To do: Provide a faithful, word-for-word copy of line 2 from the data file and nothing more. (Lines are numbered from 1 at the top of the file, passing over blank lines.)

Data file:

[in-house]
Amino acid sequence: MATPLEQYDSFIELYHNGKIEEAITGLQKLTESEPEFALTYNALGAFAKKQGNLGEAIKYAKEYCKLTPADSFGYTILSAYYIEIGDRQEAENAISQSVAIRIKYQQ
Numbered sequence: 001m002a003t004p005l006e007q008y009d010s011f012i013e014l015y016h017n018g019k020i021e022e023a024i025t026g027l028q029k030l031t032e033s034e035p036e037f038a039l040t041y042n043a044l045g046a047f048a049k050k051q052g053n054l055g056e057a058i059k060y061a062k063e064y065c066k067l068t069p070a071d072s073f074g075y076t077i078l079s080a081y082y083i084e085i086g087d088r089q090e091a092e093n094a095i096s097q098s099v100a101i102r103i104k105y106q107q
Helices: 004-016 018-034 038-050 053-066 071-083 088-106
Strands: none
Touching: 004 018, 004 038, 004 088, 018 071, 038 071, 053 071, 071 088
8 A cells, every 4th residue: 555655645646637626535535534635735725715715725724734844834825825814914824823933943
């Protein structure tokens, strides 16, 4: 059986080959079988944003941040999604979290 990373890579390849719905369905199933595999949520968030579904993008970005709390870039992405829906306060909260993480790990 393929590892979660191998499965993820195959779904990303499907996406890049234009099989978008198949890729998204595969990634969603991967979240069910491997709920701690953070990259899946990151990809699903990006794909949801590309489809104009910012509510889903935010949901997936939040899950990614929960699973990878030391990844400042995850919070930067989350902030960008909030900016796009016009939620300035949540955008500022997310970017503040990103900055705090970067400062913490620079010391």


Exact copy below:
Amino acid sequence: MATPLEQYDSFIELYHNGKIEEAITGLQKLTESEPEFALTYNALGAFAKKQGNLGEAIKYAKEYCKLTPADSFGYTILSAYYIEIGDRQEAENAISQSVAIRIKYQQ